Torah in the News
The Symbolic Significance of a Torah Scroll
Highlighting the Torah’s Role in Contemporary life
Why a Druze Firefighter Saved a Torah Scroll
While a Nahariya synagogue was engulfed in flames, Druze firefighter Wiam Nevoani ran into the fire to save a Torah scroll. Asked what motivated him to risk his life, Nevoani replied:
“I thought about the site’s importance and high level of sanctity. Based on the report that we’d received, that no one was trapped, I started thinking about how to save the contents of the building – the Torah scrolls, all the prayer books… As we were working, I identified a Torah scroll, and immediately jumped, grabbed it, and brought it outside. As I brought it outside, I felt like I was holding a soul, like I was saving a person, saving a baby.”
Nevoani added, “The warmth emanating from the Torah scroll touched my heart, and for a few seconds I wondered and thought to myself about what is written in the scroll.”
When a Sex Offender Donates a Torah
Earlier this month, a synagogue in the United Kingdom celebrated the donation of a Torah scroll with an event attended by hundreds of congregants. The scroll however was the subject of controversy, having been commissioned and paid for by a convicted sex offender. The donor was recently released from prison after completing a three-year sentence for two counts of sexual assault against a girl under the age of sixteen.
A Chabad UK spokesman claims that the organization had issued a “wide and loud condemnation of the celebrant and the event.” Following sharp criticism from British Chief Rabbi Ephraim Mirvis and others, the synagogue removed the scroll from its premises.
The outcry began after the victim of abuse spoke out about the celebratory event on Facebook: “A Sefer Torah dedication is a lovely thing, but how can a community of people ignore the fact that the person donating it is a convicted sex offender? Does this not somehow tarnish this mitzvah? I would think so,” she wrote.
A Torah Dedicated to Protect the Iron Dome Unit
The Southern Iron Dome Unit is tasked with the responsibility of shooting down rockets fired from Gaza. This month, soldiers from the unit became the recipients of a new Torah scroll. The Roszler family of North Miami Beach dedicated the Torah in memory of their father/grandfather Rabbi Elimelech Roszler, who was his family’s sole survivor in the wake of the Holocaust.
The dedication was facilitated by the “Warrior Torah Program,” an effort by the International Young Israel Movement (IYIM) to provide Torah scrolls to the soldiers of the Israeli Army, Navy, Air Force & Border Police.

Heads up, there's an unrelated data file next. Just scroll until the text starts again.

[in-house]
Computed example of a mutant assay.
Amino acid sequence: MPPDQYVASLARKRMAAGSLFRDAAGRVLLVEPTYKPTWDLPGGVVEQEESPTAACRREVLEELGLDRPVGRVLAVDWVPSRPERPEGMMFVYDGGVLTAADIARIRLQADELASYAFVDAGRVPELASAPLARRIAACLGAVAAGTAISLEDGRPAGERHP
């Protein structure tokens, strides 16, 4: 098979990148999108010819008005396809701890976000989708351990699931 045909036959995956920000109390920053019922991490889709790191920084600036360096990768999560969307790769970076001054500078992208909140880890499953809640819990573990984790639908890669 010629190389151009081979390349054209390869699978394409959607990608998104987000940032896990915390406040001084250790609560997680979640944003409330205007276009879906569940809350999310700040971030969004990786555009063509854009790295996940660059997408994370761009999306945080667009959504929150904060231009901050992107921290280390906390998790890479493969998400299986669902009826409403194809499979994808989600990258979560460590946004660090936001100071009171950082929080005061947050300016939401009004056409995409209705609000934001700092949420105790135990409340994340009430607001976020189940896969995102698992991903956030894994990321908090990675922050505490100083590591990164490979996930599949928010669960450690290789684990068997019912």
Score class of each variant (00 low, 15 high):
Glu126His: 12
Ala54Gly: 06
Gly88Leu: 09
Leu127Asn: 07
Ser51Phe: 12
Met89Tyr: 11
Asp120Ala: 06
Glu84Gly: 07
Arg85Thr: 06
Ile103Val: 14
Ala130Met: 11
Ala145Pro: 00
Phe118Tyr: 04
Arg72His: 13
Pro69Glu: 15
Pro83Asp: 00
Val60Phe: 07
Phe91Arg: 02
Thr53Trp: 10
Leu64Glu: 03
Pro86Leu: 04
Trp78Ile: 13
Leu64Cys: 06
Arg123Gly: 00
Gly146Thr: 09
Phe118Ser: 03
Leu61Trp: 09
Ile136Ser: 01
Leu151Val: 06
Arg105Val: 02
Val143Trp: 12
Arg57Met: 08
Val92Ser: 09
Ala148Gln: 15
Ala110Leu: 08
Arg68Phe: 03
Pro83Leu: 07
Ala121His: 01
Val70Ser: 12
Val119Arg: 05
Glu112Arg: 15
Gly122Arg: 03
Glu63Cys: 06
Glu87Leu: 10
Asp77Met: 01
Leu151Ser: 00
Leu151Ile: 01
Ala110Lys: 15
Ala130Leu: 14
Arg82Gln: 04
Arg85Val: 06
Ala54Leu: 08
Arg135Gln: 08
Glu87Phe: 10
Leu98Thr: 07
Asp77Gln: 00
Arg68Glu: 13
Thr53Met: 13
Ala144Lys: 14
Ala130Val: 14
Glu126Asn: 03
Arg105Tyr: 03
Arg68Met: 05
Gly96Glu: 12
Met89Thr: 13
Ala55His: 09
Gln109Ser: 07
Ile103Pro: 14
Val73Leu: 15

According to IYIM, “Both of [Rabbi Roszler’s] grandsons emphasized his love for the Land of Israel and Torah… As Rabbi Tzvi Elimelech rose from the ashes of the Holocaust and embraced Zionism, so too will this Torah scroll be a symbol of strength and shield Israeli soldiers in times of need.”
Two Torah Scrolls Stolen in Hawaii
Two Torah scrolls were stolen from a Chabad synagogue on the Hawaiian island of Oahu. The Torahs have an estimated worth of $50,000 each. One of the scrolls was written in the 1850’s in Lithuania and made it through the Holocaust. The other was purchased in memory of a boy in the community.
“We’re horrified and shocked and saddened that someone would steal something as sacred,” said Chabad director Rabbi Itchel Krasnjansky.
Concerned that the scrolls might be smuggled off the island and sold on the black market, the synagogue is offering a $5,000 reward for their safe return. The incident underscores the need for stronger measures to shield Torah scrolls from theft.
Indonesia Just Doubled its Torah Scrolls… Making a Total of Two!
In a country of 260 million people, Indonesia’s Jewish community numbers only in the hundreds and is spread across six islands. The community has two synagogues, one in Jakarta and the other over 3,000 km away in Timika. Until last month, there was just one Torah scroll between them. Rabbi Ben Verbrugge, who has made it his mission to build up the Indonesian Jewish community, had been regularly shuttling the solitary Torah between the two communities.
An Edmonton man by the name of Howie Sniderman heard about this predicament and took it upon himself to solve it. He located and managed to secure a Torah scroll from a now defunct Edmonton congregation. Then in December 2017, amidst joy and celebration, Sniderman packed the scroll in a container designed to hold golf clubs and shipped it off to its new home on the island of Papua, Indonesia.
“We rejoice whenever we hear of Torah scrolls that have been lovingly restored, repatriated or donated from around the world to the communities of Europe devastated by the Shoah,” Sniderman said. “We should all be rejoicing equally at the travels of a Torah scroll halfway around our small Jewish world.”